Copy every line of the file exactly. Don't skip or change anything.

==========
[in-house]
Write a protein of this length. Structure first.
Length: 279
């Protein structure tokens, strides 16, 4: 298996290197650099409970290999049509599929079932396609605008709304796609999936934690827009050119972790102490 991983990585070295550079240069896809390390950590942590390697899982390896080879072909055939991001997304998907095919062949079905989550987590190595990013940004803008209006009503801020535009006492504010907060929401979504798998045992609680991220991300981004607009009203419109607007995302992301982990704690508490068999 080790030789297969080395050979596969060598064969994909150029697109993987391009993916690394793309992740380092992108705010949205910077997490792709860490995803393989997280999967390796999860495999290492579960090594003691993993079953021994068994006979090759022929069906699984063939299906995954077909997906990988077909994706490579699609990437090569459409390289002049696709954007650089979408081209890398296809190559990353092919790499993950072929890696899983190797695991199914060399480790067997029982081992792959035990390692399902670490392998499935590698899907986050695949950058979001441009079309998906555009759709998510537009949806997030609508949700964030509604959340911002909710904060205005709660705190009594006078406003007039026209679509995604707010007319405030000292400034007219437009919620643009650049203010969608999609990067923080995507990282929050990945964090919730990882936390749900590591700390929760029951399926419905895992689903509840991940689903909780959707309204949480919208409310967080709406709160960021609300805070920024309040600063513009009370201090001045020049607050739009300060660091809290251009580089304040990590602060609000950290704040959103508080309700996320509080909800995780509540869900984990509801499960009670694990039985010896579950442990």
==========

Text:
[in-house]
Write a protein of this length. Structure first.
Length: 279
């Protein structure tokens, strides 16, 4: 298996290197650099409970290999049509599929079932396609605008709304796609999936934690827009050119972790102490 991983990585070295550079240069896809390390950590942590390697899982390896080879072909055939991001997304998907095919062949079905989550987590190595990013940004803008209006009503801020535009006492504010907060929401979504798998045992609680991220991300981004607009009203419109607007995302992301982990704690508490068999 080790030789297969080395050979596969060598064969994909150029697109993987391009993916690394793309992740380092992108705010949205910077997490792709860490995803393989997280999967390796999860495999290492579960090594003691993993079953021994068994006979090759022929069906699984063939299906995954077909997906990988077909994706490579699609990437090569459409390289002049696709954007650089979408081209890398296809190559990353092919790499993950072929890696899983190797695991199914060399480790067997029982081992792959035990390692399902670490392998499935590698899907986050695949950058979001441009079309998906555009759709998510537009949806997030609508949700964030509604959340911002909710904060205005709660705190009594006078406003007039026209679509995604707010007319405030000292400034007219437009919620643009650049203010969608999609990067923080995507990282929050990945964090919730990882936390749900590591700390929760029951399926419905895992689903509840991940689903909780959707309204949480919208409310967080709406709160960021609300805070920024309040600063513009009370201090001045020049607050739009300060660091809290251009580089304040990590602060609000950290704040959103508080309700996320509080909800995780509540869900984990509801499960009670694990039985010896579950442990």